The Fight for Institutions Will Come to Your Christian College: Houghton University Under Scrutiny After Firing Employees For Using Preferred Pronouns in Email Signature
The Christian College of our concern today is Houghton University in upstate New York. It had been established by what's described as a conservative branch of the Methodist church. I think it's more accurately described as an institution, a college, a Christian college established by what is known as the Wesleyan Church. The Wesleyan church is very much directed towards personal holiness as a part of the Wesleyan tradition, it's Arminian in its theology, it hews indeed a rather conservative Methodist tradition.
And when it comes to issues of sexuality, gender, marriage, et cetera, it has officially adopted policies that conform to historic Christianity, at least, to this extent. As the New York Times says, "Houghton University affiliated with the Wesleyan Church," which teaches that, "gender confusion and dysphoria are ultimately the biological, psychological, social and spiritual consequences of the human race's fallen condition."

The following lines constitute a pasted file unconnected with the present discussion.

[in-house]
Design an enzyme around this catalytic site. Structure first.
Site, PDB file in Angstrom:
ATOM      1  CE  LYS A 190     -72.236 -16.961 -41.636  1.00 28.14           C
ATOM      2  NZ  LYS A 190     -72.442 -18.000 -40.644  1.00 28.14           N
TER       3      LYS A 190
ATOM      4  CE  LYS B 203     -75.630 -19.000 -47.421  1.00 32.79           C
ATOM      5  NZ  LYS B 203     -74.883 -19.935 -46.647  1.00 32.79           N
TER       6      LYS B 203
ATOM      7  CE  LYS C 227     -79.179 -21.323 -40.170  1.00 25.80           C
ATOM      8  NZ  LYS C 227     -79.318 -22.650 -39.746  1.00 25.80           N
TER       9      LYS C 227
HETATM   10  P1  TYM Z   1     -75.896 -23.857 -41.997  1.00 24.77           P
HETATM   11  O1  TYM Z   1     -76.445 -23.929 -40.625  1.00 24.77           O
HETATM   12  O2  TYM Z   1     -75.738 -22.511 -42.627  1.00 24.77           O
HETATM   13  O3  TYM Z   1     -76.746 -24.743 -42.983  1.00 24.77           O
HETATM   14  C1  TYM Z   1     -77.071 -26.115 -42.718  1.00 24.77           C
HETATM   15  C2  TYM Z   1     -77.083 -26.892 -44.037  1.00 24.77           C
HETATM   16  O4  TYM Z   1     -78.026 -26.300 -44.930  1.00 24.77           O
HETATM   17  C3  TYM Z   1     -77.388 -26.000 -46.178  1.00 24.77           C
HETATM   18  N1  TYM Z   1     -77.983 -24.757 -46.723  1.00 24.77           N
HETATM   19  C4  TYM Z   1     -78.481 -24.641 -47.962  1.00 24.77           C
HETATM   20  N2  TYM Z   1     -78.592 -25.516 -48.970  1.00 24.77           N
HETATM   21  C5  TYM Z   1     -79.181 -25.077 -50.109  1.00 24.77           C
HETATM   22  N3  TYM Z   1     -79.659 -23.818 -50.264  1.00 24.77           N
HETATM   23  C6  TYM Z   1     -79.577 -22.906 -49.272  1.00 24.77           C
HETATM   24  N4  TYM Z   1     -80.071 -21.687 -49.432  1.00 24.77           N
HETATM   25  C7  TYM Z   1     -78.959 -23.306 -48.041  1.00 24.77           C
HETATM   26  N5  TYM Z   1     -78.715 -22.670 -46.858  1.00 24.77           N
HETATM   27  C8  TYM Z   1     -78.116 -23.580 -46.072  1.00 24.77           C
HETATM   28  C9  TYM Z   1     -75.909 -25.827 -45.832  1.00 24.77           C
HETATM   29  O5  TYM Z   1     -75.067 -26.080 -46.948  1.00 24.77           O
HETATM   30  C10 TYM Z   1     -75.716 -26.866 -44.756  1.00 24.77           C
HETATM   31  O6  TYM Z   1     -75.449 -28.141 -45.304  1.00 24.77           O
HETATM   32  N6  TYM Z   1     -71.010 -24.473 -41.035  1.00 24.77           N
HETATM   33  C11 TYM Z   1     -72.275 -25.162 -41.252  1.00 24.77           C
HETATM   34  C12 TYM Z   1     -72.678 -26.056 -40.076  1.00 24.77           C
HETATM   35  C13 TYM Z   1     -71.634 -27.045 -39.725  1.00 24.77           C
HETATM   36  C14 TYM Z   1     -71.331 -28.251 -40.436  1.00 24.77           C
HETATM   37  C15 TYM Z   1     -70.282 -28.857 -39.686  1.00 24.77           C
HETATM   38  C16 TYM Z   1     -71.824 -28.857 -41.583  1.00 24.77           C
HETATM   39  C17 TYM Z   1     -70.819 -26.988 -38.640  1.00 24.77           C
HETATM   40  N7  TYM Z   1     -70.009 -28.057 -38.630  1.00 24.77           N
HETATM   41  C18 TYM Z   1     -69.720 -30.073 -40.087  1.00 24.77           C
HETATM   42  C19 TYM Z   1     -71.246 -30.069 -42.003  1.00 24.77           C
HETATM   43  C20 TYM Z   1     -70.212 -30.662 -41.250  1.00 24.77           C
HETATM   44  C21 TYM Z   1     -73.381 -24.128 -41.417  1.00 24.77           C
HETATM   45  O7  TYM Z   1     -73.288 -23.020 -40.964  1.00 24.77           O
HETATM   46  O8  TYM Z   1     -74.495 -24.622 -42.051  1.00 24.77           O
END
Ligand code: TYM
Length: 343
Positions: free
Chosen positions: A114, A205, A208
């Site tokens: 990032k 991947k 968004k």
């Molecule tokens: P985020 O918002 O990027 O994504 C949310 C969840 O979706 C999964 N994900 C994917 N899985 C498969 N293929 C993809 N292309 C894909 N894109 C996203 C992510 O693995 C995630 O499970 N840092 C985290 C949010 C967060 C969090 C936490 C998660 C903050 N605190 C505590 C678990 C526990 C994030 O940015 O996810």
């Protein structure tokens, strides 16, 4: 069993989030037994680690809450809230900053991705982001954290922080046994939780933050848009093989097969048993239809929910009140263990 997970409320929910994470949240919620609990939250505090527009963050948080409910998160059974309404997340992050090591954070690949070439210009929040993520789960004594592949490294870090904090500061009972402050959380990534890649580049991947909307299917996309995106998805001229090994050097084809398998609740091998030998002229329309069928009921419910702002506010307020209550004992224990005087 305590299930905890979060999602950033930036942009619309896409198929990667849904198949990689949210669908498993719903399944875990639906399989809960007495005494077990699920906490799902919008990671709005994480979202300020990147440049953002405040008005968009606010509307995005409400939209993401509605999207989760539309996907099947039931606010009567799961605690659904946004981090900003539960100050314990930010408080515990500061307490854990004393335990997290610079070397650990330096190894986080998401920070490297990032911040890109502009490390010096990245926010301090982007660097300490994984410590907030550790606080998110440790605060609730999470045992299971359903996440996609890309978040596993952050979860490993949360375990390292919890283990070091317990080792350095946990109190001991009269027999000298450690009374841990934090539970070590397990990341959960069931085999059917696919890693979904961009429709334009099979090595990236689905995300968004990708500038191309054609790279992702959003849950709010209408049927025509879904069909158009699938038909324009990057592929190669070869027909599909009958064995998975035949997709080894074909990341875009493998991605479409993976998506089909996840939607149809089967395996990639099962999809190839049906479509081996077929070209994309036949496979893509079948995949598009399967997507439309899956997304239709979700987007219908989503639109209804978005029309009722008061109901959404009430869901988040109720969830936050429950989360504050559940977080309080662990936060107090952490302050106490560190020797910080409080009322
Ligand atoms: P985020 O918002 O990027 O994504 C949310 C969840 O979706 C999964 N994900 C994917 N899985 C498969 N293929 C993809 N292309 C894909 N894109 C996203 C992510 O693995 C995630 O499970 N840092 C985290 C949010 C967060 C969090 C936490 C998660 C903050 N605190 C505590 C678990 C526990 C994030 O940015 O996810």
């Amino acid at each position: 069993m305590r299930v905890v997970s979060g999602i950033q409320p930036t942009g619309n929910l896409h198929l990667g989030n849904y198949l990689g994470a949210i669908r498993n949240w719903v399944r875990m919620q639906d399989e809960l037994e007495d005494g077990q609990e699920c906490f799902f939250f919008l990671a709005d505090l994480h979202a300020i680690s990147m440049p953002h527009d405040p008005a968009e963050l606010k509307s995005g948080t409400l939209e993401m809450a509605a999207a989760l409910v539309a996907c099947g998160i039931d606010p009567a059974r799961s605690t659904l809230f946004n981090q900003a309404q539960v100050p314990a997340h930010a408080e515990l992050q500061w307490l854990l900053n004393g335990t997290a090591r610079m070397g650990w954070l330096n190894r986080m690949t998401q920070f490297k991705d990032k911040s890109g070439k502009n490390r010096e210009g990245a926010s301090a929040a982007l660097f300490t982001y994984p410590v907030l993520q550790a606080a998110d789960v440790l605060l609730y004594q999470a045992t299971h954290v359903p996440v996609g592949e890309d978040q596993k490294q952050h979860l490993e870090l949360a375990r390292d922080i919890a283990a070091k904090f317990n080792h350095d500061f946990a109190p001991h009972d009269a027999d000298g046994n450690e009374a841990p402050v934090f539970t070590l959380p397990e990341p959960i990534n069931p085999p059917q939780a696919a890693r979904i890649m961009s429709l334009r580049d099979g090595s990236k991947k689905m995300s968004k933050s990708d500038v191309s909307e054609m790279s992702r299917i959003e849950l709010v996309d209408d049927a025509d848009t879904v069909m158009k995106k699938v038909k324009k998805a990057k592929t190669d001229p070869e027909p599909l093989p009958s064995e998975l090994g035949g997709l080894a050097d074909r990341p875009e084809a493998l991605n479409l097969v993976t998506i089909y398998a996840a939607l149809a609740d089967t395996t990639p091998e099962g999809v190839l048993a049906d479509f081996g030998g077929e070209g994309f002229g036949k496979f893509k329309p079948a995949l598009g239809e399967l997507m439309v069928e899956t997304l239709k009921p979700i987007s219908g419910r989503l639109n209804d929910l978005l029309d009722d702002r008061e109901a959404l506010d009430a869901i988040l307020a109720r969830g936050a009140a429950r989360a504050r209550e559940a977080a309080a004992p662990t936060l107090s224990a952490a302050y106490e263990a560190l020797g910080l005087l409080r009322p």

The church also says that "adult gender nonconformity is a violation of the sanctity of human life." Houghton University, which has been one of those names known as a brand name in evangelical higher education. It's one of those legacy brands. The institution has fallen on harder times in enrollment and finances of late. But nonetheless, it holds to the beliefs of the Wesleyan church as the paper tells us this is the New York Times, "The university maintains a public declaration of its beliefs." Describing itself as "solidly biblical" and saying, the teachings of the Wesleyan church are "central everywhere on the campus."
So just a couple of facts stipulated up front. The Wesleyan Church is really, really clear on these issues. And when it comes to the transgender challenge makes a very interesting statement. Let me repeat it again, that "gender confusion and dysphoria are ultimately the biological, psychological, social and spiritual consequences of the human race's fallen condition."
Now, as we discussed before in the Christian worldview, the worldview is shaped around those four great movements of biblical theology, creation, fall, redemption, and new creation. The question is, where does something arise? And this is where, when it comes to the LGBTQ movement, some of the activists have been trying to argue that the LGBTQ array would've been found in the goodness of Eden.